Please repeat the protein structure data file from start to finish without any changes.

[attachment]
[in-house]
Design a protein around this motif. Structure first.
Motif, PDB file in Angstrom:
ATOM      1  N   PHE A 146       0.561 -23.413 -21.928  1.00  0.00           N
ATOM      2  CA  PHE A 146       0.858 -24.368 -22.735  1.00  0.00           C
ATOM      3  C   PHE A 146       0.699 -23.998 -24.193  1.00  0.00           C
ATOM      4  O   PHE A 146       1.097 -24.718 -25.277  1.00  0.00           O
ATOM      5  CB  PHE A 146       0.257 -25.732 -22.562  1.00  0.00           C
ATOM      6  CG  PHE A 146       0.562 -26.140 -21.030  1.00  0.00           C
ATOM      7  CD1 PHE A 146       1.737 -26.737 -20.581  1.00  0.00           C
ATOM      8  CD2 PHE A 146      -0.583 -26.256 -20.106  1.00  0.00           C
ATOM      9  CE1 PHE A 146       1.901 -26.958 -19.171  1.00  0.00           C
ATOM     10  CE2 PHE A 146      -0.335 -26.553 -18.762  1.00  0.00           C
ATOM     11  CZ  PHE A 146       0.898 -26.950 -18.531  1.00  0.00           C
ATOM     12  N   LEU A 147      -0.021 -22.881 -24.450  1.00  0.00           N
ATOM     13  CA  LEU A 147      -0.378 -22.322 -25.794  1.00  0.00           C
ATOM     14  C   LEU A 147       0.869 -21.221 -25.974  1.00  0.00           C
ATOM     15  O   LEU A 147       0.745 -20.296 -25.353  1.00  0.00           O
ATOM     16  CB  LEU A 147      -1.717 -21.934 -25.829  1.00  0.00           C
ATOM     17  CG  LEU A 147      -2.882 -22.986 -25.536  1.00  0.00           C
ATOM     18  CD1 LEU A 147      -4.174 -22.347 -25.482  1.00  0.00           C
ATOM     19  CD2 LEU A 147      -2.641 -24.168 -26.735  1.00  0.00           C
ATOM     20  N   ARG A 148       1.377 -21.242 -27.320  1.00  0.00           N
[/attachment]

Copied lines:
[in-house]
Design a protein around this motif. Structure first.
Motif, PDB file in Angstrom:
ATOM      1  N   PHE A 146       0.561 -23.413 -21.928  1.00  0.00           N
ATOM      2  CA  PHE A 146       0.858 -24.368 -22.735  1.00  0.00           C
ATOM      3  C   PHE A 146       0.699 -23.998 -24.193  1.00  0.00           C
ATOM      4  O   PHE A 146       1.097 -24.718 -25.277  1.00  0.00           O
ATOM      5  CB  PHE A 146       0.257 -25.732 -22.562  1.00  0.00           C
ATOM      6  CG  PHE A 146       0.562 -26.140 -21.030  1.00  0.00           C
ATOM      7  CD1 PHE A 146       1.737 -26.737 -20.581  1.00  0.00           C
ATOM      8  CD2 PHE A 146      -0.583 -26.256 -20.106  1.00  0.00           C
ATOM      9  CE1 PHE A 146       1.901 -26.958 -19.171  1.00  0.00           C
ATOM     10  CE2 PHE A 146      -0.335 -26.553 -18.762  1.00  0.00           C
ATOM     11  CZ  PHE A 146       0.898 -26.950 -18.531  1.00  0.00           C
ATOM     12  N   LEU A 147      -0.021 -22.881 -24.450  1.00  0.00           N
ATOM     13  CA  LEU A 147      -0.378 -22.322 -25.794  1.00  0.00           C
ATOM     14  C   LEU A 147       0.869 -21.221 -25.974  1.00  0.00           C
ATOM     15  O   LEU A 147       0.745 -20.296 -25.353  1.00  0.00           O
ATOM     16  CB  LEU A 147      -1.717 -21.934 -25.829  1.00  0.00           C
ATOM     17  CG  LEU A 147      -2.882 -22.986 -25.536  1.00  0.00           C
ATOM     18  CD1 LEU A 147      -4.174 -22.347 -25.482  1.00  0.00           C
ATOM     19  CD2 LEU A 147      -2.641 -24.168 -26.735  1.00  0.00           C
ATOM     20  N   ARG A 148       1.377 -21.242 -27.320  1.00  0.00           N